“The best way to change the classroom dynamic, to one where we were all more like friends collaborating together, was cricket. After discovering that before every session many of the students played cricket, we asked if we could join in. From then on, this become an important part of our routine and allowed us to bond with the students in a way that helped us push past the unequal power dynamics that are often present in classrooms and in community service.” – Mohamed

Far beyond simply creating a more enjoyable and relaxed atmosphere in the classroom, both the members of Night School and of Computers For All are in agreement that this build up of a relationship was critical in order for them to have a sustainable impact. For Mohamed and Abhinav, both of whom had been involved in similar community engagement projects back home, it is now clear that those projects had been unable to make an impact in the same way as Computers for All has precisely because of the absence of this relationship, which can only be built up over a longer time frame but is absolutely vital for a transfer of knowledge to take place.

3. Empower your learners

“If you want to teach effectively, you have to be constantly aware of what your class is interested in. Instead of approaching lessons thinking about what the most efficient way to teach is, there was a shift whereby I started to ask the class what is it that you want to learn right now?” – Uditi

Allowing their learners to determine the direction of each lesson is one way both Night School and Computers For All aimed to pass the power over into their learners’ hands. However, to truly create a learning environment in which they became active and empowered learners, they would have to move away from the classic top-down teaching approach. Computers For All achieved this by giving their students the freedom to start their own projects in small groups that were centred around their own interests and allowed them to play around with systems such as powerpoint, with the support of MUWCI students only when it was called for.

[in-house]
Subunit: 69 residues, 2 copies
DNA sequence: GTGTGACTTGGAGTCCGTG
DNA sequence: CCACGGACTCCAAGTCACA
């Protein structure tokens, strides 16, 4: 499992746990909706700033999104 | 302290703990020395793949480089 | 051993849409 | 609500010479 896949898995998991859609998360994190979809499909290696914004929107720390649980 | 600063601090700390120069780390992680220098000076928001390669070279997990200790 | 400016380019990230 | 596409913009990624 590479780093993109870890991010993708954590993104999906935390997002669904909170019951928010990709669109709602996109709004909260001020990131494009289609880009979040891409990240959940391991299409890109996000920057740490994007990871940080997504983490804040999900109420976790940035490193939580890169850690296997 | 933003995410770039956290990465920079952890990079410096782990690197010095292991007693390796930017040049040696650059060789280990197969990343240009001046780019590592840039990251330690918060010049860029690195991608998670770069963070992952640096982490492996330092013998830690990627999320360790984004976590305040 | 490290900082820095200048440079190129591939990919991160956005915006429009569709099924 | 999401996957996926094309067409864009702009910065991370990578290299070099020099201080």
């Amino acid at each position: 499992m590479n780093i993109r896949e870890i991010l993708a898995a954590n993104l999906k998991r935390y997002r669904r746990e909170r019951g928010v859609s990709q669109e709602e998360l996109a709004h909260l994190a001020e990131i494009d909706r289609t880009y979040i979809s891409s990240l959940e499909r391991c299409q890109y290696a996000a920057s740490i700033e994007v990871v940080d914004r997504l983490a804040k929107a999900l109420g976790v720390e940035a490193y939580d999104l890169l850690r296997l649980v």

In the case of Night School, looking at her lessons in this way has completely transformed the way Uditi approaches education:

“Education service is about giving someone access to information, but it it also about making someone realise what they are capable of doing themselves. I feel this is a realisation I would have only had here and it really changes the way that the teaching environment works. It has also changed the way I look at my own teachers because being able to figure something out yourself has a far more lasting and profound effect.” – Uditi

4. Allow for the reciprocal flow of knowledge

Constructing lessons in this way also ensured that knowledge could and did flow in both directions between teachers and learners. For Abhinav, having students point out things that he did not know was a very important step in showing that they had succeeded in overcoming the unequal student-teacher dynamic.

It also extended to learning about some of the issues present in the local context, that they had previously only been able to read about it in books or talk about in the far removed MUWCI classroom:

“Being faced with a group of about 8 boys and 3 girls or with the reality that those students who could not consistently attend the classes were those that needed to help their families work and earn money, really brought home the reality of the unequal gender dynamics and socioeconomic circumstances present in our surrounding area. Seeing these issues play out in real life is entirely different to learning about them through academic texts and abstract theories, and has made me much more motivated to do something to help tackle them.” – Mohamed